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Subject: Water purification systems

Water purification systems

From: Phil Geis <<-at->
Date: Friday, February 27, 2009
Melissa Potter <melissa_potter [at] ago__net> writes

>A reverse osmosis system with 5 micron pre sediment and carbon
>filters plus a storage tank of 120 gallons has been recommended.  I
>am concerned about the possibility for bacterial growth in the
>storage tank, even with flushing the system once a week.

There is no "possibility" in the system you describe--it is reality
(but I do hope the carbon filter is upstream from RO).  With carbon
filter, a static system and the (plastic?) storage tank--flushing
once a week is a hand wave at the bugs--biofilm will develop.

I guess the question is--how bad does it need to get before it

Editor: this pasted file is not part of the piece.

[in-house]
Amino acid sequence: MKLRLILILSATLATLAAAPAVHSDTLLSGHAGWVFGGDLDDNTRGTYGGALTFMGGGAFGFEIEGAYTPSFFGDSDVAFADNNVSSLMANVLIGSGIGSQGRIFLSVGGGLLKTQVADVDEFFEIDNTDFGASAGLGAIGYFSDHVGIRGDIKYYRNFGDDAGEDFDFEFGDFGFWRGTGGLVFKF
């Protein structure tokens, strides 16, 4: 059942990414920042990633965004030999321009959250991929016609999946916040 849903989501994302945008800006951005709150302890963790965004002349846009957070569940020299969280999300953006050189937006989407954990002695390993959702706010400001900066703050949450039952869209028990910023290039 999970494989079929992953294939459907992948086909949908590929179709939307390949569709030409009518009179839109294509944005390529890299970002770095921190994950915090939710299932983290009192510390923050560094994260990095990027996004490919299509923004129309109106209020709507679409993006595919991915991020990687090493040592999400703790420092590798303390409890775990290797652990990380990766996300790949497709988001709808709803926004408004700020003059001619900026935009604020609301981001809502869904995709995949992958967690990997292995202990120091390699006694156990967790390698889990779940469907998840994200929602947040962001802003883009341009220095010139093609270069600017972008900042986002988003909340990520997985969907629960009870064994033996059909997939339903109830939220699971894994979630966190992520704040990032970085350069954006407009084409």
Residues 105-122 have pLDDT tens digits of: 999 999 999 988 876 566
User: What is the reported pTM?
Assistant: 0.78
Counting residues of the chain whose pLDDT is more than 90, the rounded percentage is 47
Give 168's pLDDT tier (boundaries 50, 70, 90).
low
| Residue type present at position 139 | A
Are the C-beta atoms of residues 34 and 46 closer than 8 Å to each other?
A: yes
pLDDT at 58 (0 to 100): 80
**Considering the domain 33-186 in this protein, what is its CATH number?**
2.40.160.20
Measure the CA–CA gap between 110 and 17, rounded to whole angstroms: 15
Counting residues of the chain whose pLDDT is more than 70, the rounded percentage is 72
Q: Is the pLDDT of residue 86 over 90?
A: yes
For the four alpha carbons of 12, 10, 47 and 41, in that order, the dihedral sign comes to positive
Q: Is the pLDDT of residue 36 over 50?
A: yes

compromises your application.  Some industries, like the
semiconductor folks, can't stand even the slightest level of bugs in
their water. Well-maintained Millipore systems Robert mentioned are
pretty good (e.g. Milli-Q) is they can give you the volume you need.

For perspective, all tap water include low levels of bacteria
(especially pseudomonads)--the low level part being the product of
the little bit of hypochlorite left from municipal treatment. Carbon
filters typically are used to remove chlorine and end up as bug
reservoirs--providing both a physical and nutritive (via absorbed
organics) structure for microbial growth--that sloughs off as chunks
of biofilm that, in your case, will limit the life of RO membranes.

Bacteria grow in purified water to millions of cfu/ml so your
storage tank is really an incubation vessel--flushing once a week is
more gesture than substance.  Industries that must have bug free
water use constant control measures such as heat and ozone.  Some
use UV and filtration with high turbulence circulation.  Stainless
is the material of choice--and PVC is anathema to purified water

                  Conservation DistList Instance 22:49
                   Distributed: Sunday, March 1, 2009
                       Message Id: cdl-22-49-003
Received on Friday, 27 February, 2009

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